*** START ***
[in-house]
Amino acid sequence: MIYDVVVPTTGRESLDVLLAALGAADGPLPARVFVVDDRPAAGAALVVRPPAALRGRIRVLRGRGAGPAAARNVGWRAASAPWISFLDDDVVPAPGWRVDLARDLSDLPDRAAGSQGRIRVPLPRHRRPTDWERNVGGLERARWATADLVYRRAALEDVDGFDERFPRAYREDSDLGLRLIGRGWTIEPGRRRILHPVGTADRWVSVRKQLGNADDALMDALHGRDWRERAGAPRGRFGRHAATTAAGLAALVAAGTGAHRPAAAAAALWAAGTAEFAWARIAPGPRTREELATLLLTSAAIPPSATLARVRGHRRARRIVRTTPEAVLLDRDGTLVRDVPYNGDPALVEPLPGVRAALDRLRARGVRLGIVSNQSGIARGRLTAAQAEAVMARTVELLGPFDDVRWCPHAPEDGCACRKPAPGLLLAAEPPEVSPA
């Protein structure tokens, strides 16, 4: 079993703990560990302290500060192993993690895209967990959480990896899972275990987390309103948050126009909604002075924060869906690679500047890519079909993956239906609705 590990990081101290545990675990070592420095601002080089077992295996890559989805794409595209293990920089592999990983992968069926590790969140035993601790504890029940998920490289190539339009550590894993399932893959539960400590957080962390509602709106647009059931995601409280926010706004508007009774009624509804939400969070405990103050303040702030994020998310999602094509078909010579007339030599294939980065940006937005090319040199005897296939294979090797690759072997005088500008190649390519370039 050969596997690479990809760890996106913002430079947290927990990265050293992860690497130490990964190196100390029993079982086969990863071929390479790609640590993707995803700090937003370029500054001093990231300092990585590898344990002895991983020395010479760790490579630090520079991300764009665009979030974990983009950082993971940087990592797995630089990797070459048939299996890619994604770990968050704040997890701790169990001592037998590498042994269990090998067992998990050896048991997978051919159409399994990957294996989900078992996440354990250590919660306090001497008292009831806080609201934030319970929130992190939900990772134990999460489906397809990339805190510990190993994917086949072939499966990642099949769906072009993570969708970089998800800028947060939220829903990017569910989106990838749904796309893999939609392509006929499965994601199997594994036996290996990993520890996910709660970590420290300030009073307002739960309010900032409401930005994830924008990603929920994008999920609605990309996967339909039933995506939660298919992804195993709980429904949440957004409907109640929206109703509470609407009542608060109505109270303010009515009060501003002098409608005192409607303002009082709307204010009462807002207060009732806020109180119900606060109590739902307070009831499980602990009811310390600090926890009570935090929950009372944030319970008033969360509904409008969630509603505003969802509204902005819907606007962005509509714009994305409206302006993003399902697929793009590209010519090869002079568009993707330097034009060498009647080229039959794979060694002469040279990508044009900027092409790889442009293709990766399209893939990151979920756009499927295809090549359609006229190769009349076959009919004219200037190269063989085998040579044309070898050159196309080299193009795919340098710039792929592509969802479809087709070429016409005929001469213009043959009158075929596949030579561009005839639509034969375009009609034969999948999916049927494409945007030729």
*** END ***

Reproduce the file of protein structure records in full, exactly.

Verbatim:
[in-house]
Amino acid sequence: MIYDVVVPTTGRESLDVLLAALGAADGPLPARVFVVDDRPAAGAALVVRPPAALRGRIRVLRGRGAGPAAARNVGWRAASAPWISFLDDDVVPAPGWRVDLARDLSDLPDRAAGSQGRIRVPLPRHRRPTDWERNVGGLERARWATADLVYRRAALEDVDGFDERFPRAYREDSDLGLRLIGRGWTIEPGRRRILHPVGTADRWVSVRKQLGNADDALMDALHGRDWRERAGAPRGRFGRHAATTAAGLAALVAAGTGAHRPAAAAAALWAAGTAEFAWARIAPGPRTREELATLLLTSAAIPPSATLARVRGHRRARRIVRTTPEAVLLDRDGTLVRDVPYNGDPALVEPLPGVRAALDRLRARGVRLGIVSNQSGIARGRLTAAQAEAVMARTVELLGPFDDVRWCPHAPEDGCACRKPAPGLLLAAEPPEVSPA
């Protein structure tokens, strides 16, 4: 079993703990560990302290500060192993993690895209967990959480990896899972275990987390309103948050126009909604002075924060869906690679500047890519079909993956239906609705 590990990081101290545990675990070592420095601002080089077992295996890559989805794409595209293990920089592999990983992968069926590790969140035993601790504890029940998920490289190539339009550590894993399932893959539960400590957080962390509602709106647009059931995601409280926010706004508007009774009624509804939400969070405990103050303040702030994020998310999602094509078909010579007339030599294939980065940006937005090319040199005897296939294979090797690759072997005088500008190649390519370039 050969596997690479990809760890996106913002430079947290927990990265050293992860690497130490990964190196100390029993079982086969990863071929390479790609640590993707995803700090937003370029500054001093990231300092990585590898344990002895991983020395010479760790490579630090520079991300764009665009979030974990983009950082993971940087990592797995630089990797070459048939299996890619994604770990968050704040997890701790169990001592037998590498042994269990090998067992998990050896048991997978051919159409399994990957294996989900078992996440354990250590919660306090001497008292009831806080609201934030319970929130992190939900990772134990999460489906397809990339805190510990190993994917086949072939499966990642099949769906072009993570969708970089998800800028947060939220829903990017569910989106990838749904796309893999939609392509006929499965994601199997594994036996290996990993520890996910709660970590420290300030009073307002739960309010900032409401930005994830924008990603929920994008999920609605990309996967339909039933995506939660298919992804195993709980429904949440957004409907109640929206109703509470609407009542608060109505109270303010009515009060501003002098409608005192409607303002009082709307204010009462807002207060009732806020109180119900606060109590739902307070009831499980602990009811310390600090926890009570935090929950009372944030319970008033969360509904409008969630509603505003969802509204902005819907606007962005509509714009994305409206302006993003399902697929793009590209010519090869002079568009993707330097034009060498009647080229039959794979060694002469040279990508044009900027092409790889442009293709990766399209893939990151979920756009499927295809090549359609006229190769009349076959009919004219200037190269063989085998040579044309070898050159196309080299193009795919340098710039792929592509969802479809087709070429016409005929001469213009043959009158075929596949030579561009005839639509034969375009009609034969999948999916049927494409945007030729």